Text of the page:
So Sadly, after two nights, we left the comfy George and beautiful Rye to drive along the coast.
First stop was Beachy Head—a bluff walk with views of chalk cliffs and, down below, a small red lighthouse. Buffeted by a warm breeze and a busload of German high school students, we were thrilled by the dramatic white cliffs and the churning blue-green sea.
A few miles farther on, we came to Birling Gap and the Seven Sisters, and took a longer bluff walk there. The day was again perfect—sunny, breezy, with the scent of mown grass (or should we say grazed grass, because that’s how it was mowed). The land along the bluff undulates, each quarter mile hump a “sister,” so you walk up and then down, and then up, and then down--not for the short of breath or weak of knee. On the ups, you get stunning glimpses of the cliff edge and the vertical chalk white cliffs and the ocean, where the chalk gets churned up in the waves to produce floury, turquoise water. Okay. Words fail: the Sisters is one of the most beautiful places we have ever been.
But we could hardly linger: we had two more stops before we’d sleep.
This time, it was Apple Maps that led us far astray by taking us down ridiculously narrow lanes to the village of Litlington some 6 or 7 miles from our next destination, the Charleston Manor Trust. Not funny.
Charleston Manor was the home of Vanessa Bell; her best friend, lover (briefly), and lifetime artistic collaborator, the painter Duncan Grant; and also, her husband, the critic Clive Bell. As with the Nicholson/Sackville-West’s, love and sexuality were very fluid among this faction (and most) of the Bloomsbury group. Both Duncan Grant and Clive Bell had affairs with other men, and both fathered children with Vanessa. Artistically, the Duncan/Vanessa alliance was prodigious: both painted paintings, but they also painted their tables and chairs, their beds and cabinets and walls and chimney pieces; they designed upholstery fabric and ceramic tiles. Duncan Grant also designed needlepoint items--cushions, chair backs, fireplace screens—which his mother duly executed. (The several museum-quality pieces in the house, they left alone.) Frequent visitors included the Woolfs (from nearby Rodmell) and John Maynard Keynes, the famous economist. Sadly and frustratingly for us, no photographs were allowed inside the house and studio. None.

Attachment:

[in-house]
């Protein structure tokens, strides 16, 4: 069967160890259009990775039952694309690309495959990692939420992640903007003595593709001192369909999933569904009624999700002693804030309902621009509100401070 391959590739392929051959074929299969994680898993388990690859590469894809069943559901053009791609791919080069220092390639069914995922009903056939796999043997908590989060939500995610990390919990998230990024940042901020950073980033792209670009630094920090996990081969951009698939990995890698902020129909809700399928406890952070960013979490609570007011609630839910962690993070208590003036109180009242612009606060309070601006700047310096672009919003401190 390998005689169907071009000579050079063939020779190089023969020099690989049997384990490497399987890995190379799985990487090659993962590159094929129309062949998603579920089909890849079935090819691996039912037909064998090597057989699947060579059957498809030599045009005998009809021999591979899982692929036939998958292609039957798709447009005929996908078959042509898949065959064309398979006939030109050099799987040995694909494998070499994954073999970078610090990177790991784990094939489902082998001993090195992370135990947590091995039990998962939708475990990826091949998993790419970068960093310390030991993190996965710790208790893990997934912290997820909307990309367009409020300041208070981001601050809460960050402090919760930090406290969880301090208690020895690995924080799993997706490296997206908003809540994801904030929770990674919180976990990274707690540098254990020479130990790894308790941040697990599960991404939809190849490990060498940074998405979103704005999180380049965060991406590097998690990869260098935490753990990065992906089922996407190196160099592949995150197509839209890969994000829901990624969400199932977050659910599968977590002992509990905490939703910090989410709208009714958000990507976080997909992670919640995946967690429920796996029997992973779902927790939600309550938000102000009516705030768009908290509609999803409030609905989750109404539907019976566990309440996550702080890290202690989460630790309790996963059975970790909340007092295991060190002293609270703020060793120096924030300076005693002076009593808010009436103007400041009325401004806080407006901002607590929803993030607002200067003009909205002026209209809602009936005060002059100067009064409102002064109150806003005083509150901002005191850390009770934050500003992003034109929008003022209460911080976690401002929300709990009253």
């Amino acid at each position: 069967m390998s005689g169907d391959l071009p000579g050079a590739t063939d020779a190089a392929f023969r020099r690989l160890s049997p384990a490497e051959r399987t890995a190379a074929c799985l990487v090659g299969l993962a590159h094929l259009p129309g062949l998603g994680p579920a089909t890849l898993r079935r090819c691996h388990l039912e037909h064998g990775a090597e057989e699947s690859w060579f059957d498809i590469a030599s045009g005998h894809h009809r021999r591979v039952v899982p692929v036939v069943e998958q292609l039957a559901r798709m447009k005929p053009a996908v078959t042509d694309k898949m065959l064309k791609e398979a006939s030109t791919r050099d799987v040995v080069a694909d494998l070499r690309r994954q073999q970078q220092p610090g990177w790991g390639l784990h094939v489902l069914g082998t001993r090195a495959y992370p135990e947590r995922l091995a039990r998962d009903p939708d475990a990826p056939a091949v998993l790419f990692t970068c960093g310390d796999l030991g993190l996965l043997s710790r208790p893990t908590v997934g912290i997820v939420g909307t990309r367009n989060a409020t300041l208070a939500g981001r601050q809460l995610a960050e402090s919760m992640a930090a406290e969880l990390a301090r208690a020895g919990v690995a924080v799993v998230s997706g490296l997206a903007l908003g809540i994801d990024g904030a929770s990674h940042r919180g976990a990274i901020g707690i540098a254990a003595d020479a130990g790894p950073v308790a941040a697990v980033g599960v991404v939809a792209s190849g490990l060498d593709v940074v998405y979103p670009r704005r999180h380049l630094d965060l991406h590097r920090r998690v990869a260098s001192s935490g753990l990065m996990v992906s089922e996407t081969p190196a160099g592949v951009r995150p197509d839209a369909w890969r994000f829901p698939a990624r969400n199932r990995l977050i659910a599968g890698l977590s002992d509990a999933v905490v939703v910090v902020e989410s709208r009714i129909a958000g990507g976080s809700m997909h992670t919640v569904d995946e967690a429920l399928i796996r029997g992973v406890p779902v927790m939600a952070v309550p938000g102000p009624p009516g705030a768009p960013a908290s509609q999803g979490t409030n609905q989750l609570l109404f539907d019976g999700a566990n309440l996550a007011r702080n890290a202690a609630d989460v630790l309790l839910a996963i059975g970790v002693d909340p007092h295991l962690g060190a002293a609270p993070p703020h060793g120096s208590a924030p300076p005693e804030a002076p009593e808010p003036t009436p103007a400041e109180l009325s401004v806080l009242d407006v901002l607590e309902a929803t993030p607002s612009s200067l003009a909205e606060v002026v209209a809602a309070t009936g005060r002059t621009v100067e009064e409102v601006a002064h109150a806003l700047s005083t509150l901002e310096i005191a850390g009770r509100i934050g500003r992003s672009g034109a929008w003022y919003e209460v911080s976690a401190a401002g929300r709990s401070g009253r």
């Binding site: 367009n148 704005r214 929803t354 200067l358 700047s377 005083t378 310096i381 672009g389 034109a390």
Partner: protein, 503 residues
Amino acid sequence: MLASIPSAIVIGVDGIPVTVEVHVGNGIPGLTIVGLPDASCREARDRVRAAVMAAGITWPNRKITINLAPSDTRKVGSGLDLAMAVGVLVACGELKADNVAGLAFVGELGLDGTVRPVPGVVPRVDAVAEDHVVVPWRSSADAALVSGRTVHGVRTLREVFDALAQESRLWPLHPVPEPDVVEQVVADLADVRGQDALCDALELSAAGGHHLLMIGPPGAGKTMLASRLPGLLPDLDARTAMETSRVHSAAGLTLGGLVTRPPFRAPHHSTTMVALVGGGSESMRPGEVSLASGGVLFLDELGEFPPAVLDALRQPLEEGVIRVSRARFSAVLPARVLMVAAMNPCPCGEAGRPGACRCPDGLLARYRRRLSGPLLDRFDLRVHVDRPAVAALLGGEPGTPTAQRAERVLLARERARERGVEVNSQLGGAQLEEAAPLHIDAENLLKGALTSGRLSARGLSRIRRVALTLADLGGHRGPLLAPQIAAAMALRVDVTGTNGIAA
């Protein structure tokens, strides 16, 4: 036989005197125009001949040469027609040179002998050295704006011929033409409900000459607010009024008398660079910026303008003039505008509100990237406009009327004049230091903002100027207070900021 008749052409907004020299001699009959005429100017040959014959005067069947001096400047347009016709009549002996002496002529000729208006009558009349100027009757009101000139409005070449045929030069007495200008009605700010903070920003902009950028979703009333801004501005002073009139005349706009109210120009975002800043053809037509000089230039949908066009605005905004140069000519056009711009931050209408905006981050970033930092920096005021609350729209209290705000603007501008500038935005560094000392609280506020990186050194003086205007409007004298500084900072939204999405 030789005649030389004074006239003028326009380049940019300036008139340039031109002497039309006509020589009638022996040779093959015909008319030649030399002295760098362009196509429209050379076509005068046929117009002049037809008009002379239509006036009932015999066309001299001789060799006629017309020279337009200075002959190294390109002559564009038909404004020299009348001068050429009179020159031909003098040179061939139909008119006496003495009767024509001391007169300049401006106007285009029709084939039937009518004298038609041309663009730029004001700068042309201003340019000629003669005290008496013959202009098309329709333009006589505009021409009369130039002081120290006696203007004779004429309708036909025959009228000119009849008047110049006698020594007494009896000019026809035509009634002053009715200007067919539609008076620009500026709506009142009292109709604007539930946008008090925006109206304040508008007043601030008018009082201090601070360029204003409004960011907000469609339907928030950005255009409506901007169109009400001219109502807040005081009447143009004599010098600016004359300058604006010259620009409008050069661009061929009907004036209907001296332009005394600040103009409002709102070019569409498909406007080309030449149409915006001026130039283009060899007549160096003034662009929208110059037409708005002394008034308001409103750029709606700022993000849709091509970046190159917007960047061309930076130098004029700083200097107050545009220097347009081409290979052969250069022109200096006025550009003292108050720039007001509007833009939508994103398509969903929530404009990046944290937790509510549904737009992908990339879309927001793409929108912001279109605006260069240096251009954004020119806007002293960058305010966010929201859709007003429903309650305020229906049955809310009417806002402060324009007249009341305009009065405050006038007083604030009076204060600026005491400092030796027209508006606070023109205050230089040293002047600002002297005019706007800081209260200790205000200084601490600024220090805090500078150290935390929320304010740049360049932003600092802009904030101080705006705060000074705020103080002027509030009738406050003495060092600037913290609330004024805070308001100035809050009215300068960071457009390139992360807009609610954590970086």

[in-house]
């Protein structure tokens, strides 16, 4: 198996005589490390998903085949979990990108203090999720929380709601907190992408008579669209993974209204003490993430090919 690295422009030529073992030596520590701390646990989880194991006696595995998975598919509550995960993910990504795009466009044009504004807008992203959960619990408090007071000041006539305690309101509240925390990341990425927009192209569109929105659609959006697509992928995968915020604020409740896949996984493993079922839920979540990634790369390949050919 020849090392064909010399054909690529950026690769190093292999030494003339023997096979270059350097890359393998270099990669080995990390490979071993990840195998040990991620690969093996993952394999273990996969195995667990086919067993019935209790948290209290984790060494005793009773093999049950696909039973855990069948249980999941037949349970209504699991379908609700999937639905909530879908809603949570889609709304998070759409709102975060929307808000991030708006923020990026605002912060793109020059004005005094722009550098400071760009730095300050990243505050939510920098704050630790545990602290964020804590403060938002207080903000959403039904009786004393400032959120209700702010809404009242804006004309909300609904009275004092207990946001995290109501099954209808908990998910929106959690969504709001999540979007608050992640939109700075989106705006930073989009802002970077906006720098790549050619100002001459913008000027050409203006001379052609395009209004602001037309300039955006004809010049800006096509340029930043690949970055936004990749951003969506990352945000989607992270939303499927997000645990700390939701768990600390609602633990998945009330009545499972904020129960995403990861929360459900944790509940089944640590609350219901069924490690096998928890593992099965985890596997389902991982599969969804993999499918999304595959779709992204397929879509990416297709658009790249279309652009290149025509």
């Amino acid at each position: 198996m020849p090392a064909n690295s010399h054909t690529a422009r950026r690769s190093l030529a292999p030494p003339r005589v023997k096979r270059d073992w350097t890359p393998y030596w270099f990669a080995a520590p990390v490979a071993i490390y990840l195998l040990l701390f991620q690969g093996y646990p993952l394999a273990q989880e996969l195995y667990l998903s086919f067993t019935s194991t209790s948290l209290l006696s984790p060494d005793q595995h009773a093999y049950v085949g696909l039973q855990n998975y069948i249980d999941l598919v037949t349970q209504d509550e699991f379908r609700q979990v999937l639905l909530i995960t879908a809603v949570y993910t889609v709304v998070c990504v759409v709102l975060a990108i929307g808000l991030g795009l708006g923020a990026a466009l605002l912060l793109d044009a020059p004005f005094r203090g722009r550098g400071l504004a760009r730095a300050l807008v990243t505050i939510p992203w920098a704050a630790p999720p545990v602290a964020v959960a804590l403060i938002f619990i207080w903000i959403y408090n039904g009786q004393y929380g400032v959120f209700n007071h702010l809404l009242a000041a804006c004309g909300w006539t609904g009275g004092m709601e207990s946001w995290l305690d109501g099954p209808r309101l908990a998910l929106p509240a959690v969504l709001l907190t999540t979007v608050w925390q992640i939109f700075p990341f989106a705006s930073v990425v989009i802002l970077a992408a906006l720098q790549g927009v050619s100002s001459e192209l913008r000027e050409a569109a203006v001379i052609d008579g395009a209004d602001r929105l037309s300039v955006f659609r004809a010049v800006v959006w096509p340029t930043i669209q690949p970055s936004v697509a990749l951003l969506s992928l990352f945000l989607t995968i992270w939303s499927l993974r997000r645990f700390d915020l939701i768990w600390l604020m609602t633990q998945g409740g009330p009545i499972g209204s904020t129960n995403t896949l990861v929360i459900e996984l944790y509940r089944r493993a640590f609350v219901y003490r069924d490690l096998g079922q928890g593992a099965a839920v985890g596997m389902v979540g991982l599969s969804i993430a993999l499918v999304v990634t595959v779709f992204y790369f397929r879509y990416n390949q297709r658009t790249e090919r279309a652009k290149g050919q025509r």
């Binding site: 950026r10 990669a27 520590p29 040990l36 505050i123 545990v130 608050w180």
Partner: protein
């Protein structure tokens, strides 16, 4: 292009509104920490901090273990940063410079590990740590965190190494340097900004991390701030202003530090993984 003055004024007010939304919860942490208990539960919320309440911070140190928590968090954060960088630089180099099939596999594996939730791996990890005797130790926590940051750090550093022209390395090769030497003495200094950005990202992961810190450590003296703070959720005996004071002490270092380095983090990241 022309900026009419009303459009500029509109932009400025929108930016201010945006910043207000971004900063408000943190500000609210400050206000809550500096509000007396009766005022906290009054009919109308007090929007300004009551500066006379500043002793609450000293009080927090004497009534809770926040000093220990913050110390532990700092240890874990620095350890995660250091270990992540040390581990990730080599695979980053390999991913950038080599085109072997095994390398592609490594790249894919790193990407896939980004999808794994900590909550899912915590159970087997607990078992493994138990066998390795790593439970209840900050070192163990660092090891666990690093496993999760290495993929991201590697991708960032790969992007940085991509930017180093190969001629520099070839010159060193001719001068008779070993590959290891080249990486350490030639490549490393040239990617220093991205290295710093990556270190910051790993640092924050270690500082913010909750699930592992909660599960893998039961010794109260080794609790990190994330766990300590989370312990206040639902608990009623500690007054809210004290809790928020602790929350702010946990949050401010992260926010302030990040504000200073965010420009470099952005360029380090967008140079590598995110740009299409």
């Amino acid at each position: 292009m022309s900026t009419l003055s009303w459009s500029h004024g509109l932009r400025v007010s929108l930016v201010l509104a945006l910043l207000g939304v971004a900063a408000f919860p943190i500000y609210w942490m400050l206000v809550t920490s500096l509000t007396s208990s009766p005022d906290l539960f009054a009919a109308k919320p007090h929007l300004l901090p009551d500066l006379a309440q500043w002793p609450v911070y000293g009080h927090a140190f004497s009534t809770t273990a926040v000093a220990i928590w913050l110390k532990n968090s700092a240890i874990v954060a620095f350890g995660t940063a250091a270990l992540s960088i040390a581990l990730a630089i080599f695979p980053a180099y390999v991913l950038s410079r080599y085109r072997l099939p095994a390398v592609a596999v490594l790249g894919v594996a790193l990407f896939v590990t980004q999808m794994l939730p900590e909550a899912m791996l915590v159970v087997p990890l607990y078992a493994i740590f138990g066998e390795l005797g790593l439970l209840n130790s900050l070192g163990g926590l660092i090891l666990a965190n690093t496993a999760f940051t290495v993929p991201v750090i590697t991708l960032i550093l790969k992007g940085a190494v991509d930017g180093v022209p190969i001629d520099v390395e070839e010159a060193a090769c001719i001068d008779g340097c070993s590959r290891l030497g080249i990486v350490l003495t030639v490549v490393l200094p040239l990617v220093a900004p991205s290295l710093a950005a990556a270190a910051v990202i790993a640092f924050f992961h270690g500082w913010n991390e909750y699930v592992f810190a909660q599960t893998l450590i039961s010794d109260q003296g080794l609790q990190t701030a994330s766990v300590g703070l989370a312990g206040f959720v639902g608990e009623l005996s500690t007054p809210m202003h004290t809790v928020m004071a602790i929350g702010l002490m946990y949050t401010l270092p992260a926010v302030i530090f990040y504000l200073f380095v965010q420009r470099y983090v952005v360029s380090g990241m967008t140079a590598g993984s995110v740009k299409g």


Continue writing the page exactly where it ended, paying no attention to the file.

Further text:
Still, the whimsy and vitality of the Grant/Bell productions, the effusion of color and playfulness of the designs were a joy to see, however fleetingly. Why aren’t we all painting our dining room tables, our mantels and headboards, our dresser drawers?
Here’s a link to the Charleston website, where you can see what we saw, room-by-room: https://www.charleston.org.uk/charleston-room-by-room/
Here are some pictures of the outside.
We could not linger at Charleston (and so avoided spending a king’s ransom at the tantalizing gift shop) as we had only an hour and a half to reach and tour Monk’s House, the Sussex country home of Virginia and Leonard Woolf. GPS delivered us there smoothly, in plenty of time to tour the downstairs—and see in real life the green sitting room that inspired our green living room in Altadena. The Woolfs bought the place in 1919, mostly for the generous garden, and the way it opened onto the meadows of the South Downs. The house itself was modest and dank, with small rooms and no electricity or indoor plumbing. Renovations followed, with comforts increasing with the sales of each book.